An engrossed resolution directing the engraving of the map of the military bounty land, in the territory of Ullinois, was read the third time; and on the question, “ Shall the resolution pass?"

It was determined in the negative; and so the said resolution was rejected.

An engrossed bill, entitled “ An act for the relief of Winslow and Henry Lewis," was read the third time and passed.

Ordered, That the title be as aforesaid, and that the Clerk carry the said bill to the Senate and ask their concurrence therein.

The Speaker laid before the House, a report of the Secretary of the Treasury, of the amount of receipts into the Treasury of the United States, from imports, internal, and direct taxes, and other sources of revenue within the District of Columbia, since the year 1801; together with a statement of registered tonnage within said district, made in obedience to a resolution of the 19th instant; which was read and ordered to lie on the table.

Ordered, That Joseph Forrest have leave to withdraw his petition and documents.

The House proceeded to consider the amendments reported by the committee of the whole, to the bill authorizing the commutation of soldiers' bounty lands; when an amendment was moved to the said amendments, by Mr. Robertson, of Louisiana: whereupon, it was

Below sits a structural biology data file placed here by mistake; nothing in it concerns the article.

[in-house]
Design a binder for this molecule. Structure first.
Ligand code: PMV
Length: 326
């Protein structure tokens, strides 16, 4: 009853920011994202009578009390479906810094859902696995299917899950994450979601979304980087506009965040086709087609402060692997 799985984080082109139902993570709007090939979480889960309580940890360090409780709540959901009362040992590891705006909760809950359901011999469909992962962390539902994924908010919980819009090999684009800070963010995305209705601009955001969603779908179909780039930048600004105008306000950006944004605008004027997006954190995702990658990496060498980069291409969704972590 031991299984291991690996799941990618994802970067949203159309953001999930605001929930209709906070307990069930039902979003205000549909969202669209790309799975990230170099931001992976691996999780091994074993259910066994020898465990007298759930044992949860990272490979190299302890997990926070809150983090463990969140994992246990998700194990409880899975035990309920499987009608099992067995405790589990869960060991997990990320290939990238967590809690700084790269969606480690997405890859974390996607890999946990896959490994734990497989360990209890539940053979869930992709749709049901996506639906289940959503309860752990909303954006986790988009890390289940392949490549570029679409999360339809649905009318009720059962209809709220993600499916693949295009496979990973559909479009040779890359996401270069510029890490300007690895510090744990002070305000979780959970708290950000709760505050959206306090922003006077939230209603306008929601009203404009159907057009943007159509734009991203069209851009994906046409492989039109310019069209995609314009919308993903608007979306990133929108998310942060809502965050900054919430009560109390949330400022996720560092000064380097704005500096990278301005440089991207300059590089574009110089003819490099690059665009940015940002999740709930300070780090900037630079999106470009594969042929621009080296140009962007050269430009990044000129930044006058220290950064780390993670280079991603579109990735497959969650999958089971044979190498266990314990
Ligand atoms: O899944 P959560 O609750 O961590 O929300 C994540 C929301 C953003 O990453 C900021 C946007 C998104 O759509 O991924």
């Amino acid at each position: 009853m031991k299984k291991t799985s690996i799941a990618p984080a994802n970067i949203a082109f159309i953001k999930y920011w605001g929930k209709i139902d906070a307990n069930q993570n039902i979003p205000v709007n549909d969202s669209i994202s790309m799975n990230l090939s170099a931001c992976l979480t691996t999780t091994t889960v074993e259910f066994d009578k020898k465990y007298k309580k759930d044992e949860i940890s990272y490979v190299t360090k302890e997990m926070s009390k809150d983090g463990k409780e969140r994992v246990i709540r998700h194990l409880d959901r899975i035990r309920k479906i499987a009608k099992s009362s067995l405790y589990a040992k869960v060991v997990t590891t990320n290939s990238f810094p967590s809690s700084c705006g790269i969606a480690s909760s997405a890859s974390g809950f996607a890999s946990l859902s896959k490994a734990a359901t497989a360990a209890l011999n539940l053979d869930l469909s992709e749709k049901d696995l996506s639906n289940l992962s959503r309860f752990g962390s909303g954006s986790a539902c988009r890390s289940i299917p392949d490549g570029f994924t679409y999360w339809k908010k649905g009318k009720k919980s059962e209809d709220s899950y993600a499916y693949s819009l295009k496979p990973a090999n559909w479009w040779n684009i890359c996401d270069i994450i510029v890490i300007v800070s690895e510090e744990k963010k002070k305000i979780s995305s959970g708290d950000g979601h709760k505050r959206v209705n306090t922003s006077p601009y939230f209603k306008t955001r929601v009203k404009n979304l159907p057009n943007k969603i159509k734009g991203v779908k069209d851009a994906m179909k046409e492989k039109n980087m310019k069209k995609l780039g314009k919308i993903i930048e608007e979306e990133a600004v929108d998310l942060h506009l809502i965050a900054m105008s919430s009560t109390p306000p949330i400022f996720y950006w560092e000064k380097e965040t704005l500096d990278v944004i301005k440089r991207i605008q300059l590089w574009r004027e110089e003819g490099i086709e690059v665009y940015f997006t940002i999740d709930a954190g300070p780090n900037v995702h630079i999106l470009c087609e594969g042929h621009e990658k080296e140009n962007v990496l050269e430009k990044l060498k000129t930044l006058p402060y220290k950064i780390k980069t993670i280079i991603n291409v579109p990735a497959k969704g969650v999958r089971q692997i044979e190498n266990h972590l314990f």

Ordered, That the said bill and amendments lie on the table.

The House resolved itself into a committee of the whole, on the bill to incorporate the Columbian Insurance Company of Alexandria; and after some time spent therein, Mr. Speaker resumed the chair, and Mr. Tucker, of Virginia, reported the same without amenda ment.

Ordered, That the said bill be engrossed and read a third time on Monday next.

The House resolved itself into a committee of the whole, on the bill authorizing the payment of certain militia claims of the state of Georgia; and after some time spent therein, Mr. Speaker resumed the chair, and Mr. Pitkin reported that the committee had made some progress therein, and directed him to ask leave to sit again.

Ordered, That the committee of the whole have leave to sit again on the said bill.

And then the House adjourned.

WEDNESDAY, December 31, 1817.

Another member, to wit: from South Carolina, James Ervin, appeared, produced his credentials and took his seat; the oath to support the constitution of the United States, being first administered to bim by Mr. Speaker.

Mr. Parrott presented a petition of sundry inhabitants of Portsmouth, in the state of New Hampshire, who are engaged in the fisheries, praying that the duties on salt may not be repealed.

Mr. Parris presented a petition of Jonathan S. Stevens, Jor seph Bryant and others, of Castine, in the District of Maine, praying that certain duties on goods entered by them at the said port of Castine, while the same was occupied by the British forces, which they were compelled to pay to the collector on the part of the United States, after the evacuation of that place by the British authorities, may be remitted.

Ordered, That the said petitions be referred to the committee of Ways and Means.

Mr. Parris, also presented a petition of sundry inhabitants of the District of Maine, praying for the exablishment of a post route.

Mr. Tarr presented a petition of sundry inhabitants of Fayette county, Pennsylvania, also, praying for the establishment of a post route.

Ordered. That the said petitions be referred to the committee on the Post Office and Post Roads.

Mr. Rich presented a petition of Joel Chase, praying compen